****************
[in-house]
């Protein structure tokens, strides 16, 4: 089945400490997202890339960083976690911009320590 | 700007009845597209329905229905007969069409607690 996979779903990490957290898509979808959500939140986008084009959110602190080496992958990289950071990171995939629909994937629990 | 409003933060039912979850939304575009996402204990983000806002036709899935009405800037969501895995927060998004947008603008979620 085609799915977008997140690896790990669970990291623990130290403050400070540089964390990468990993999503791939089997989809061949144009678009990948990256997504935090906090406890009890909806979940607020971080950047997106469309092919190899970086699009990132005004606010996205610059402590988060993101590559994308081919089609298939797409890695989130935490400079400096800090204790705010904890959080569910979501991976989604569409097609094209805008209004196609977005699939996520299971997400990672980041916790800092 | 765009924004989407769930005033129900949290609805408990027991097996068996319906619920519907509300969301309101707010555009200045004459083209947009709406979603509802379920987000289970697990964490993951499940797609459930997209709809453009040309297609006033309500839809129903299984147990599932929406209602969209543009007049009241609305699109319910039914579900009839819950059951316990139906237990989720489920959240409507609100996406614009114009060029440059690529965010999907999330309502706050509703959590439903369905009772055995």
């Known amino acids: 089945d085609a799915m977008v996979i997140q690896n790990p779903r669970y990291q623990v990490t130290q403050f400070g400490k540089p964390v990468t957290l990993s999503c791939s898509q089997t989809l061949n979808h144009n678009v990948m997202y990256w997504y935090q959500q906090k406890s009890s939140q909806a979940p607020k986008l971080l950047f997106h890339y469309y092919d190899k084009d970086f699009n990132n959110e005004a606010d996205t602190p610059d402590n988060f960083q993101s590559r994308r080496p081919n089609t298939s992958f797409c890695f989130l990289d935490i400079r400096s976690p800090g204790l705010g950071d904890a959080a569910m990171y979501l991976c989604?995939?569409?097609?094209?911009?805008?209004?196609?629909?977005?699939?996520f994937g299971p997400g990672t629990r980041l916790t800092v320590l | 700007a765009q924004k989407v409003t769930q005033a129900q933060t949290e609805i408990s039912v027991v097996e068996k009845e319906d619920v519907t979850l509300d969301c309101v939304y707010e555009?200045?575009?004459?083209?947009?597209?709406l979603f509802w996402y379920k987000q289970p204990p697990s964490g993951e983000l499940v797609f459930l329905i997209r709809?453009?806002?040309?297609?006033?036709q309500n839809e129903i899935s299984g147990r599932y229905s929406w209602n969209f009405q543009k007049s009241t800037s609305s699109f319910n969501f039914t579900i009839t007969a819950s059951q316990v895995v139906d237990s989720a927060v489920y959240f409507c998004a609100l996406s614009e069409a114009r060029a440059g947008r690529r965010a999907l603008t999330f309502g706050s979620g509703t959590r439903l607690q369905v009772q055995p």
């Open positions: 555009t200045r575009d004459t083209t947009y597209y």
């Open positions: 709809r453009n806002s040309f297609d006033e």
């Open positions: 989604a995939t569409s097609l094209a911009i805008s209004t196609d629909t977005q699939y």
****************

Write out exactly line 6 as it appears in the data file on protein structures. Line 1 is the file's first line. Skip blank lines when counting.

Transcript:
């Open positions: 989604a995939t569409s097609l094209a911009i805008s209004t196609d629909t977005q699939y």